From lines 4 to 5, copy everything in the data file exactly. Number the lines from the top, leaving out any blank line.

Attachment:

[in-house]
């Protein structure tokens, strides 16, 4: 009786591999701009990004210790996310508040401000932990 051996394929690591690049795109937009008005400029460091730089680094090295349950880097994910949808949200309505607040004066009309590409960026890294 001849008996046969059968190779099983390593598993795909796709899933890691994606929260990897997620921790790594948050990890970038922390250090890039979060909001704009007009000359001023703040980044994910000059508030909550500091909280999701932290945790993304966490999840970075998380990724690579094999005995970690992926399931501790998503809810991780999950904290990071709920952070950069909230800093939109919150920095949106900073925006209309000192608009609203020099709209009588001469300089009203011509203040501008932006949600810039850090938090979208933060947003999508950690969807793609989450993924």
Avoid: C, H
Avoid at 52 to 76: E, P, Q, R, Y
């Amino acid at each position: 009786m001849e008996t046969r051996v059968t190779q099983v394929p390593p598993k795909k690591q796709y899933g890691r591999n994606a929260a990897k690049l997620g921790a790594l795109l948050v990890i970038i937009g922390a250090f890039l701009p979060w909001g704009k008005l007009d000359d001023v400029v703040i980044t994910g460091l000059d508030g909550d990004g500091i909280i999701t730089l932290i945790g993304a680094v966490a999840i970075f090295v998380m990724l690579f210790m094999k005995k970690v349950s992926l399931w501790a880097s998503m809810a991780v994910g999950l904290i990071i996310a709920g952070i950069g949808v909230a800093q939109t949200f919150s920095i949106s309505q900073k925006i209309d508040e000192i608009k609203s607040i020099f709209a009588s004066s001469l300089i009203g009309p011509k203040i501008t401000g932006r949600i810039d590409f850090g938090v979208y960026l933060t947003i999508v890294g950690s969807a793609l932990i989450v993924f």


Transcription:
Avoid at 52 to 76: E, P, Q, R, Y
């Amino acid at each position: 009786m001849e008996t046969r051996v059968t190779q099983v394929p390593p598993k795909k690591q796709y899933g890691r591999n994606a929260a990897k690049l997620g921790a790594l795109l948050v990890i970038i937009g922390a250090f890039l701009p979060w909001g704009k008005l007009d000359d001023v400029v703040i980044t994910g460091l000059d508030g909550d990004g500091i909280i999701t730089l932290i945790g993304a680094v966490a999840i970075f090295v998380m990724l690579f210790m094999k005995k970690v349950s992926l399931w501790a880097s998503m809810a991780v994910g999950l904290i990071i996310a709920g952070i950069g949808v909230a800093q939109t949200f919150s920095i949106s309505q900073k925006i209309d508040e000192i608009k609203s607040i020099f709209a009588s004066s001469l300089i009203g009309p011509k203040i501008t401000g932006r949600i810039d590409f850090g938090v979208y960026l933060t947003i999508v890294g950690s969807a793609l932990i989450v993924f």